NBC Sports Group announced Wednesday that its network would be the new home of IndyCar races, including the Indianapolis 500, with NBC’s digital platforms streaming races, replays, qualifying, practices and the Indy Lights series.
Those with authenticated subscription providers can live-stream all races on NBCSports.com and the NBC Sports app, while the network’s OTT product, NBC Sports Gold, will offer a package with additional event coverage.
“This arrangement brings all of INDYCAR to one home, increases our exposure and includes our first direct-to-consumer offer for our fans,” Mark Miles, CEO of Hulman & Company, which owns INDYCAR and Indianapolis Motor Speedway, said in a statement. “We couldn’t be happier to have start-to-finish coverage of INDYCAR’s season with the NBC Sports Group.”
ABC has broadcast the Indy 500 since 1965, with this May’s race the 54th consecutive airing of the series’ marquee event. Broadcast rights for the IndyCar circuit have been split between ABC and NBC Sports.
NBC Sports Gold, its direct-to-consumer offering, currently offers subscription packages for Premier League soccer, world rugby, international track and field, Pro Motocross, Portland Trailblazers basketball and Notre Dame football, among other sports.
“We’re excited to have NBC Sports serve as the exclusive home of INDYCAR, which represents the most competitive open-wheel racing in the world,” said Jon Miller, President, Programming, NBC Sports and NBCSN. “We’re honored to bring the Indianapolis 500, one of the most prestigious events in all of sports, to NBC, further enhancing NBC Sports’ Championship Season. We’ve seen consistent growth for INDYCAR on NBCSN in the past decade, and we hope to continue that growth throughout the series by leveraging the television, digital, production and marketing assets that make NBC Sports a powerful media partner.”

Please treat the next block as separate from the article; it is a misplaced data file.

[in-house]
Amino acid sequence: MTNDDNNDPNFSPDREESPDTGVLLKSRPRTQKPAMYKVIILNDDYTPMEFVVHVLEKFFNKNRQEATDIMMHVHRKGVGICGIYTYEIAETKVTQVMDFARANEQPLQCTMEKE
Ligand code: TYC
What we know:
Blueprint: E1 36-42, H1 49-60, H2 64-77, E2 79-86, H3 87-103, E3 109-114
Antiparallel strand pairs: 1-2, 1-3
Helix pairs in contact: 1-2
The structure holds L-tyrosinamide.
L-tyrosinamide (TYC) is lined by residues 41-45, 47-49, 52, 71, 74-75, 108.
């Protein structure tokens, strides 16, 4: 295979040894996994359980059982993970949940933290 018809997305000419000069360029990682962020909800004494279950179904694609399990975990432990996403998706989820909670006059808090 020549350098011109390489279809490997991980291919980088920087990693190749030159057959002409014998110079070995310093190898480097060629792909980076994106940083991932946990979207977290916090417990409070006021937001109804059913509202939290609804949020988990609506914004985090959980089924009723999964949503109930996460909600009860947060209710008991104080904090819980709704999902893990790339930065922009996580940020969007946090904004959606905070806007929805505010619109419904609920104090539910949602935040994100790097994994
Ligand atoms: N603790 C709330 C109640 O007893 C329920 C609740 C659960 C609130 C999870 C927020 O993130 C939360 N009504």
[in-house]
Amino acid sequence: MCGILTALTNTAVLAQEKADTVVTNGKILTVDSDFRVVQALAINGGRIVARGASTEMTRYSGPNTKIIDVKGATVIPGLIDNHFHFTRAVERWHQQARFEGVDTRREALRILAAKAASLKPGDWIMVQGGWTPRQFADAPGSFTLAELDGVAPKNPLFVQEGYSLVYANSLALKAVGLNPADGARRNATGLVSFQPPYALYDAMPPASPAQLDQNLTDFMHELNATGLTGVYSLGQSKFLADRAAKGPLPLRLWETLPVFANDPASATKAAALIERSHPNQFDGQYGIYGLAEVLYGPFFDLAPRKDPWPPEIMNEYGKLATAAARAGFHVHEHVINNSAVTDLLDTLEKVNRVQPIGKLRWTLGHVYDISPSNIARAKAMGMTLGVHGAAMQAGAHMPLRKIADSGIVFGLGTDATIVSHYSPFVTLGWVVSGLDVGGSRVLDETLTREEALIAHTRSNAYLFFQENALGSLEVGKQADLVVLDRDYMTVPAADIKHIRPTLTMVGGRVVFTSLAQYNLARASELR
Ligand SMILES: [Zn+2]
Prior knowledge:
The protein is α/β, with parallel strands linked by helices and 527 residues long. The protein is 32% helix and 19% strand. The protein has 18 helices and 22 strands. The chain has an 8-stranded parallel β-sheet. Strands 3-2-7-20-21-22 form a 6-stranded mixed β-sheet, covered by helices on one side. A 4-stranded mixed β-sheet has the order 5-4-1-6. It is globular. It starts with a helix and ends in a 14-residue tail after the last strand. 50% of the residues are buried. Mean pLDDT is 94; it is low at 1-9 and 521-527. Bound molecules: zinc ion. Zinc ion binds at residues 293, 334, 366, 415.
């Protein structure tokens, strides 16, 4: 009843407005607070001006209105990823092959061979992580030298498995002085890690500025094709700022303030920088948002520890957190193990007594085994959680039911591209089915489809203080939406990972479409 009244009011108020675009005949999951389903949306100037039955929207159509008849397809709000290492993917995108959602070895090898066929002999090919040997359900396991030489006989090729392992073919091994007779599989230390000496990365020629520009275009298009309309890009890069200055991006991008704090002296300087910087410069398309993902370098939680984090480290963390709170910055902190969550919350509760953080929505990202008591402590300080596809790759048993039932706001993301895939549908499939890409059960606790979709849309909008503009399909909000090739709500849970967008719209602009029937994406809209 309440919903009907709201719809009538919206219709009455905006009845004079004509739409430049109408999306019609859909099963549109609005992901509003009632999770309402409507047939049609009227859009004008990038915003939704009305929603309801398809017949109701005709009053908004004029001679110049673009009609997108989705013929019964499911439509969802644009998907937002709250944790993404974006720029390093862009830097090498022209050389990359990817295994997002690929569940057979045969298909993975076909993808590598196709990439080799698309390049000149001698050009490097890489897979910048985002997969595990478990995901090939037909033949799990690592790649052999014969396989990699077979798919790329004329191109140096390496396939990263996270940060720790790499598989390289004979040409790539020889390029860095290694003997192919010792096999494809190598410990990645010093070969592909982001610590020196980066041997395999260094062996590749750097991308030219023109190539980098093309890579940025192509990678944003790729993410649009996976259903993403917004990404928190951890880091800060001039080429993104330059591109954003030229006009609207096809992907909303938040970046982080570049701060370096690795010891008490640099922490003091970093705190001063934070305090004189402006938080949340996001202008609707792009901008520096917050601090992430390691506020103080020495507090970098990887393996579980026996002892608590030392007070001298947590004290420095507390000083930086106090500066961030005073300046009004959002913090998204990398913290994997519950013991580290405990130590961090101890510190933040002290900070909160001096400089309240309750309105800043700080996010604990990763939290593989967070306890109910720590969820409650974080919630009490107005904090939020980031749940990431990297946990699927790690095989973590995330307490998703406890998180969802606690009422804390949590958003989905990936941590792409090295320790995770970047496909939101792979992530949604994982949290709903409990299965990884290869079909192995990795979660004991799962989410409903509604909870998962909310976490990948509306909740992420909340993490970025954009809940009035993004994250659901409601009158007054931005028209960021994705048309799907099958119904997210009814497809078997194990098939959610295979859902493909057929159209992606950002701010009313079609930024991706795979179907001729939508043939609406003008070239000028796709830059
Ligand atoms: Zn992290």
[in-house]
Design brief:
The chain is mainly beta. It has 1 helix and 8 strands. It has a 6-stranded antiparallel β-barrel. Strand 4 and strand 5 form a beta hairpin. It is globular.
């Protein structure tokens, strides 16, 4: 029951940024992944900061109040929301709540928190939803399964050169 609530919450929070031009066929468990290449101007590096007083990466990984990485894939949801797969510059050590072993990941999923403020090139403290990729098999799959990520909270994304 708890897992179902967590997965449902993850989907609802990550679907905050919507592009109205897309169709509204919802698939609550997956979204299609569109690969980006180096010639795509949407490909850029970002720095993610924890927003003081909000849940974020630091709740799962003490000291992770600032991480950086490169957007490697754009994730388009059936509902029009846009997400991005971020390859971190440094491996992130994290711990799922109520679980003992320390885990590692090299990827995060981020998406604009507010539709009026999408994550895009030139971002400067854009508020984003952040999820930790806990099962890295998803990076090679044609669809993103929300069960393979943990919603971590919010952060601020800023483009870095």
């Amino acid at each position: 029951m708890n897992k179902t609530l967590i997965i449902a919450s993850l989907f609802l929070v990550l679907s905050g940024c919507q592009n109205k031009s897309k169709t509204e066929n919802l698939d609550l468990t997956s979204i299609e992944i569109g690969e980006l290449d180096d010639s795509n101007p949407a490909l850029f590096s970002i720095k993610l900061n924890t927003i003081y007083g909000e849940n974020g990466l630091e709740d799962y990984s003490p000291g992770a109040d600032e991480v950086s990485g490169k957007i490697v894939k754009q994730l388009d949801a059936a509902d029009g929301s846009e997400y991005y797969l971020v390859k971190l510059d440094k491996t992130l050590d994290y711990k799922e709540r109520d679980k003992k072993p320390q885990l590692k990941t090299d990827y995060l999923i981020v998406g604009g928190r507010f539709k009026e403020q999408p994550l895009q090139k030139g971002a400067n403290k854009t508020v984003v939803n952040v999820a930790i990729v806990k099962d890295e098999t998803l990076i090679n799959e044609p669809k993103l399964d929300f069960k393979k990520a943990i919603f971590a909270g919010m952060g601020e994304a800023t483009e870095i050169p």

IndyCar had hoped to consolidate to just one broadcast partner, with Miller telling the Associated Press that was Miles’ “singlehanded focus” during negotiations. NBC Sports has seen an 87-percent increase in IndyCar viewership over the past four years, and Miles told the Indianapolis Star that he thinks doubling its overall audience is possible in the next few years. That’s a bold prediction after the Indy 500 in 2017 had its worst ratings in 31 years of live broadcasts. Bringing coverage to one platform will help that, as could the tangential content offerings of qualifying and practice runs available on streaming.